I don’t have any ebook for my blog posts unfortunately. Perhaps the next best option is to copy/paste into a word document?

      I don’t offer consultations at the moment. Hopefully the blog posts will be helpful to you though!

      Mark

      Reply
  171. This page is fantastic, and boy have you answered a lot of questions! It’s amazing that you have taken the time to do so!

    I have a slight pelvic rotation to the right, but I am also dragging my right leg. When I walk I find I am pivoting on my left leg rather than picking my right leg up properly, which means I kind of swing my right leg around to move it forward. I get pain in my right buttock and the side of my right hip, and I have had bursitis and tendonosis around my right hip too. Bursitis is made worse with clam exercises. My right side feels like it’s being pulled back and is stuck. When I try to walk properly the pain in my right hip is worsened. I am hyper mobile in some of my joints, including my hips, and I am developing plantar faciitis and ankle problems on my left side. Is this likely down to the pelvic rotation or is something else going on in your opinion?

    Many many thanks for reading!

    Reply
    • Hi Vikki,

      It sounds like you are circumducting your right hip. This is commonly seen when pain is affecting your walking pattern.

      If you have hip bursitis, check this post: Hip Bursitis Exercises.

      Development of the plantarfasciitis is likely due to increased demand on the left side. (as it compensates for the right right).

      I would encourage you to really get this right hip under control first. This will likely improve your walking pattern .

      Mark

      Reply
  172. Hi Mark, first of all you have a great bit of information on here. Secondly , I have a left rotated pelvis for the last 3.5 years and didn’t knew what to do. Now with your help I have been doing your exercises for the last 22 days and I can see some positive results. My question is how long it will take to get 100 percent neutral pelvis? Thanks for your great work.

    Reply
    • Hey Sumer,

      Great to hear of your results so far.

      In terms of how long it will take to get 100% back to neutral, that is very difficult question to answer.

      As long as it is heading in the right direction, you are on the right track!~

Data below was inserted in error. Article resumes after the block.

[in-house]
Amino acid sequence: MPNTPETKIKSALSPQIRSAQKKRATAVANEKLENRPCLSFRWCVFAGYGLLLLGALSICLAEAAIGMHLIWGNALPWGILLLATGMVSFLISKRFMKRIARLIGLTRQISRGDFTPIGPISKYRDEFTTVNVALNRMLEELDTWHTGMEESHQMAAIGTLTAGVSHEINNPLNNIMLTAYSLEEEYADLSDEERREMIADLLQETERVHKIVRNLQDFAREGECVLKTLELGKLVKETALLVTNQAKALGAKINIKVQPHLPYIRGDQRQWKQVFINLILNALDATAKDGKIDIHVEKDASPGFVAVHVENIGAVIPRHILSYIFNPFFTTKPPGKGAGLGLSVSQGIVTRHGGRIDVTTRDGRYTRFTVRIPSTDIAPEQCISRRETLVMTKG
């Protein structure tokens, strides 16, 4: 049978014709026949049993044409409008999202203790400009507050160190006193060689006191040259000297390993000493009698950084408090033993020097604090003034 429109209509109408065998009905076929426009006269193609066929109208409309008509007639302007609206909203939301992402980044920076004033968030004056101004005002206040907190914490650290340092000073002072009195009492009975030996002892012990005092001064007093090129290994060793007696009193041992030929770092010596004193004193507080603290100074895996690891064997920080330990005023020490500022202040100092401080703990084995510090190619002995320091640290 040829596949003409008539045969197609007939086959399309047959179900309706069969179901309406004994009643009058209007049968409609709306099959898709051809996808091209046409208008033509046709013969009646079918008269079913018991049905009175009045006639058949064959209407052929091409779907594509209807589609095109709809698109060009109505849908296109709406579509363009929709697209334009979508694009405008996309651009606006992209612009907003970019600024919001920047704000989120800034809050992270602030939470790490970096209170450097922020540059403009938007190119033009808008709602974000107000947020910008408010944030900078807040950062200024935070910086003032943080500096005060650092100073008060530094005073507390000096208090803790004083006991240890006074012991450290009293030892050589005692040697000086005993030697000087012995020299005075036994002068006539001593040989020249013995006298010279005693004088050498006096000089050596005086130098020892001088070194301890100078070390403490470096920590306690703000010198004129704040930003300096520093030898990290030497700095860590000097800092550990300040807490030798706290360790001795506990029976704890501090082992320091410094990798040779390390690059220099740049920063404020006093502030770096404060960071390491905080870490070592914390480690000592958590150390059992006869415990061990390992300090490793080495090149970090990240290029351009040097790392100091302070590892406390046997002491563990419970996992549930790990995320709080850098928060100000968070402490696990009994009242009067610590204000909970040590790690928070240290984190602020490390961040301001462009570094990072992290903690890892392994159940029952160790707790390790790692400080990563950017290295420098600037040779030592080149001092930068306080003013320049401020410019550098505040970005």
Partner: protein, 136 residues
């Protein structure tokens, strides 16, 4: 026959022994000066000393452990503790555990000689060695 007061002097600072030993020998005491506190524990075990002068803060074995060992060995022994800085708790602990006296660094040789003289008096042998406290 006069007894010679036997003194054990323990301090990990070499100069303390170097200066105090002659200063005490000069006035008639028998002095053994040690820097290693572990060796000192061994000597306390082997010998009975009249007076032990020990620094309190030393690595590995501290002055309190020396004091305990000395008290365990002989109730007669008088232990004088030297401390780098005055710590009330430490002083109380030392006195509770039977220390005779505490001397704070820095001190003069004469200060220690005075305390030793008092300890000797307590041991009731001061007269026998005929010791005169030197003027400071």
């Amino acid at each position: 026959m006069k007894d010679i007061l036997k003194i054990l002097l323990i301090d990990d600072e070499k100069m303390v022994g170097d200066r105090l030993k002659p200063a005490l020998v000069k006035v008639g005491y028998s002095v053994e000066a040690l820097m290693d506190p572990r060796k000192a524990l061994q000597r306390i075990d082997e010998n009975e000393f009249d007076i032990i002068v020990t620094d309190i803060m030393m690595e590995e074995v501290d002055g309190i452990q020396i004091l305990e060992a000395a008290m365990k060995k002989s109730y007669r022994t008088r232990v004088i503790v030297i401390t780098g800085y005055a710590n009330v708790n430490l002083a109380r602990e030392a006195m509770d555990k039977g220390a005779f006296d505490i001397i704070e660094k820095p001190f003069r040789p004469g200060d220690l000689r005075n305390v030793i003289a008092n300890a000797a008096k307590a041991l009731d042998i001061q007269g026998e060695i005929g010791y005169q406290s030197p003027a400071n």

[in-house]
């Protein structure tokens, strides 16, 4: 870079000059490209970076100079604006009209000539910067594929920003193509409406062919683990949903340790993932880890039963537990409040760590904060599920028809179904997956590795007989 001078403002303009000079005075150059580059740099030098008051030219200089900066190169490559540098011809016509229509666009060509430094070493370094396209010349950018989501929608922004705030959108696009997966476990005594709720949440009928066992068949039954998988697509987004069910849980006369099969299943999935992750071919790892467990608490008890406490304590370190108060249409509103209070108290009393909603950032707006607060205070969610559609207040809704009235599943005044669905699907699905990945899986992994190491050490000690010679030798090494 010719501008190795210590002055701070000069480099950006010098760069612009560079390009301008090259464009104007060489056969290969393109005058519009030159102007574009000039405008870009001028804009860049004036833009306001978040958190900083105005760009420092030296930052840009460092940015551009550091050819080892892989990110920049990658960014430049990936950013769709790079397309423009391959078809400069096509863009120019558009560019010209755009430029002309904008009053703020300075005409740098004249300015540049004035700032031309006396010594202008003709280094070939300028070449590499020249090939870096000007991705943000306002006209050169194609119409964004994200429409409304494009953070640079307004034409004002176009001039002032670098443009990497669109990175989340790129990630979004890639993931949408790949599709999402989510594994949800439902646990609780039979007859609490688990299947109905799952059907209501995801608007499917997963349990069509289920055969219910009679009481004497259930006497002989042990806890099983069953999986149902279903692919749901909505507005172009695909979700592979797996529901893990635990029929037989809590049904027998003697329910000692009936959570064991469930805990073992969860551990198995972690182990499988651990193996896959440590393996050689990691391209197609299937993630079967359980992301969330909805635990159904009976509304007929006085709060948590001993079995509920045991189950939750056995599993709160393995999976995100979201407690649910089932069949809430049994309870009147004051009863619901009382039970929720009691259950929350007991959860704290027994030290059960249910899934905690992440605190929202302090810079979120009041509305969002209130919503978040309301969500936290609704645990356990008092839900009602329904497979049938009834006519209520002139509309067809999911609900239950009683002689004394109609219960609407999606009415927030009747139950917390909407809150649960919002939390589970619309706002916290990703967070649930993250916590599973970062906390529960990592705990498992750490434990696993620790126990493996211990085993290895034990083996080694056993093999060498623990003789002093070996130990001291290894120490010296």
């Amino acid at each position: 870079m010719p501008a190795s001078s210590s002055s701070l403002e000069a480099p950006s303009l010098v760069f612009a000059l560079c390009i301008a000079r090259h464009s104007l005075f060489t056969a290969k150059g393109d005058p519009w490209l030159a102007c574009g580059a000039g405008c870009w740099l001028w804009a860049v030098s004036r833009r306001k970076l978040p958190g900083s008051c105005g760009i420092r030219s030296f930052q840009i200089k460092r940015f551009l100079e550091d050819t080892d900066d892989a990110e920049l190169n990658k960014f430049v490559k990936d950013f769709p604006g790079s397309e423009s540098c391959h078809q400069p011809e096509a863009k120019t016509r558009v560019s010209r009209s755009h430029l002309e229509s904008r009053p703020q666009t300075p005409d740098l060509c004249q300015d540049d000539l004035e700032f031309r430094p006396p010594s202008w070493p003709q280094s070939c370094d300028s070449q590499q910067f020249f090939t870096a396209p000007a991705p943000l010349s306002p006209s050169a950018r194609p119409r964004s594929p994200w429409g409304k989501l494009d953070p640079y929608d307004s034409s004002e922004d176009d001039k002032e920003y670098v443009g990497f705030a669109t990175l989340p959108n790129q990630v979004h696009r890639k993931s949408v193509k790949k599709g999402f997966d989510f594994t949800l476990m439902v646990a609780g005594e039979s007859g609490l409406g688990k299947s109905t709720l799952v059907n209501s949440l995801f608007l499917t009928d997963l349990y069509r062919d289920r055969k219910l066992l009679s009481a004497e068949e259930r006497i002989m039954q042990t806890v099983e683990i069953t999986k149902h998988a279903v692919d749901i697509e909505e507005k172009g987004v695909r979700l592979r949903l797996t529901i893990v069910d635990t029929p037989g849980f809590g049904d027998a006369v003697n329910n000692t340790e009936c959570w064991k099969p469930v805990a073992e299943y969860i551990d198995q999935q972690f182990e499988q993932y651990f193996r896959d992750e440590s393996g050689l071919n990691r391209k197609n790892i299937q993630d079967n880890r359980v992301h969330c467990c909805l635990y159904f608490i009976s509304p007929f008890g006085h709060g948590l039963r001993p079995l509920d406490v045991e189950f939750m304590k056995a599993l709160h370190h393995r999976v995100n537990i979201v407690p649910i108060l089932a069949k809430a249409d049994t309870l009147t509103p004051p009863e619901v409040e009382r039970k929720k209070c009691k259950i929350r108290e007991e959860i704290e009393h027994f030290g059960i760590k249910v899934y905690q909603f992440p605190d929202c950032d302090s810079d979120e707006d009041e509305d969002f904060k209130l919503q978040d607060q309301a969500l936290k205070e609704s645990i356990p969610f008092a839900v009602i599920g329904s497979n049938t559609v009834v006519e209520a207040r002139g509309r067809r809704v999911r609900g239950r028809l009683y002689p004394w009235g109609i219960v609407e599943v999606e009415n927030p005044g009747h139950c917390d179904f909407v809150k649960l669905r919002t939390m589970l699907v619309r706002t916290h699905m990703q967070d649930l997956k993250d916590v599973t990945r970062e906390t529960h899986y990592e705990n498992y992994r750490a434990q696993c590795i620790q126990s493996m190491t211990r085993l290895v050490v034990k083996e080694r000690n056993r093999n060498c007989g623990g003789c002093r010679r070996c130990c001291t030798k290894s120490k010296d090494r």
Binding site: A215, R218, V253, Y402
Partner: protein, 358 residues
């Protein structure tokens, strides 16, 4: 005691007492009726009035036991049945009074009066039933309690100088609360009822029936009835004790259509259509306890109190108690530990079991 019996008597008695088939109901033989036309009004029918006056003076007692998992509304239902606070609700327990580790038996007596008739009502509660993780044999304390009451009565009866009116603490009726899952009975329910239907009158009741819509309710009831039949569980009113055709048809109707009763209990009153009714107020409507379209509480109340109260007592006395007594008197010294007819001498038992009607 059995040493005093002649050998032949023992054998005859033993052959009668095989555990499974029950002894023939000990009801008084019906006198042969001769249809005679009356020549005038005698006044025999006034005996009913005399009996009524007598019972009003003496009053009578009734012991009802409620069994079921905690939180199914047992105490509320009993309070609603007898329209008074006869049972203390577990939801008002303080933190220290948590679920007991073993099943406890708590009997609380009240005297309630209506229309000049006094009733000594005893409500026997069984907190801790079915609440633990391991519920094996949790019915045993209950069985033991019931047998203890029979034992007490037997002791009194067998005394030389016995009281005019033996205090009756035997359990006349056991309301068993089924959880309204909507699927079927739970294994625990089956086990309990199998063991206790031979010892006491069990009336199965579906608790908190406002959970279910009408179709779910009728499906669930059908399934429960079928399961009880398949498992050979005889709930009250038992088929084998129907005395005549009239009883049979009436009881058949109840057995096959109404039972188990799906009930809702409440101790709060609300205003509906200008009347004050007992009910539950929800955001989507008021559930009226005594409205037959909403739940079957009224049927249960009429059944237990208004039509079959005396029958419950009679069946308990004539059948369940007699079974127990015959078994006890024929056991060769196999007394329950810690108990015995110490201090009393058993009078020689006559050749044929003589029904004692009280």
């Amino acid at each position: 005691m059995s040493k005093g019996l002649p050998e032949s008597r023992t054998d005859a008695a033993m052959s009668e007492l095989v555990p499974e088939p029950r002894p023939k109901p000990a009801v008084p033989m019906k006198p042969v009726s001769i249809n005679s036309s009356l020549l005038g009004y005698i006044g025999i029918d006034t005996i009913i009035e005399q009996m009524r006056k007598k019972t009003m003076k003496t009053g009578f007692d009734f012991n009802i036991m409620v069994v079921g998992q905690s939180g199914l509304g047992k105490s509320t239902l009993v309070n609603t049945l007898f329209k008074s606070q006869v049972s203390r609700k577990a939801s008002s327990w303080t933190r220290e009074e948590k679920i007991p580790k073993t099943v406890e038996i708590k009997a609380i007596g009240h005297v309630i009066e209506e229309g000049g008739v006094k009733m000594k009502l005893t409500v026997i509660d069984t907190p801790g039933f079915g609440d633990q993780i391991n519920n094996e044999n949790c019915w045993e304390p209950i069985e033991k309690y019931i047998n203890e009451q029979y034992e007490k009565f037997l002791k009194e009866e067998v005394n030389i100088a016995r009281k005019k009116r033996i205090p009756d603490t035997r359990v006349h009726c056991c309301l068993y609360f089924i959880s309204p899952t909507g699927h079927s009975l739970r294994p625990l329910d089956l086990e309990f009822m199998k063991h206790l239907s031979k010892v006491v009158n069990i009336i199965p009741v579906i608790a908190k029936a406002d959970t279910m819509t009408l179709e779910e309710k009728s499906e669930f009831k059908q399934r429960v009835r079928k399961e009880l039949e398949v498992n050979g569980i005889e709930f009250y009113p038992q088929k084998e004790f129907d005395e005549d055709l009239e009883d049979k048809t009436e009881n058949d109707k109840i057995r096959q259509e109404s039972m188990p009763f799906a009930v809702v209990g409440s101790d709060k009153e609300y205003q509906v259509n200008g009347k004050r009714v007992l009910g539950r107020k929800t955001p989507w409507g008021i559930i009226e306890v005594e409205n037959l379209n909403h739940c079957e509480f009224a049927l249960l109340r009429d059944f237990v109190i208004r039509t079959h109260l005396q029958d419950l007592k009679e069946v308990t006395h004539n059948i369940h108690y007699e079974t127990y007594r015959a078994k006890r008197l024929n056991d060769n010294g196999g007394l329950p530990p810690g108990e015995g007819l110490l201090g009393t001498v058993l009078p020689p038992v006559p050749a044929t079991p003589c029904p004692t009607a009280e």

Mark

      Reply
  173. Hi Mark,

    I have had problems with my right leg,foot,hip for 6 months.I have been doing lifting job for a year before with poor posture.Basically I was doing a movement that I believe took me out of alignment(is like when you stand and you have a ball on your left side in front of you and you bend more from the left leg to pick it up, using the right hand twisting the torso to the left,which i have done it repeatedly…).I had symptoms down the leg in the buttock.I went through several MRIs and all that was found was a disc bulge at L5-S1 on the right which because is very small apparently pressure on the nerve couldn’t be seen.,so no radiculopathy….Another thing that can be seen on the MRI is that the right piriformis muscle is more developed than the left one,while the right gluteus medius is underdeveloped compared to the left one.I took your tests and it seems that I have the tendency to lean over to the left side and is hard for me to find a neutral pelvis as I tend to put the right foot in front when standing straight(the right tigh is forward).I also have a tightness and dull pain in the right QL and right rotation is limited,either from the spine or the pelvis.I also have issues with the right scapula and shoulder and right side of the neck….As I figure it I would say I have a left rotated pelvis with a twisted spine on the left.
    Would you say my assessment is correct?And with what should I start?
    I look forward to hearing your opinion on all of this as I find your feedback valuable from what I have seen on your great work.
    Thank you,
    Valentin

    Reply
    • Hi Valentin,

      L5/S1 is commonly involved with injuries where the person bends forwards. This movement can also lead to strains to the muscles around this area.

      If you feel your pelvis is rotated to the left (which sounds consistent with your own assessment), this can orientate the torso towards the left as well. This can also lead to the right side of your body working harder than it should.

      I would address the pelvis to see if that helps with your issues.

      If not, You will need to most likely address the torso.

      See post: How to fix a Twisted Spine.

      Mark

      Reply
  174. Hey Mark. Great website! Helped me through anterior and posterior pelvic tilt in the past!

    So I’ve had a problem for the past two years I’d say. Where the right side of my body feels weak.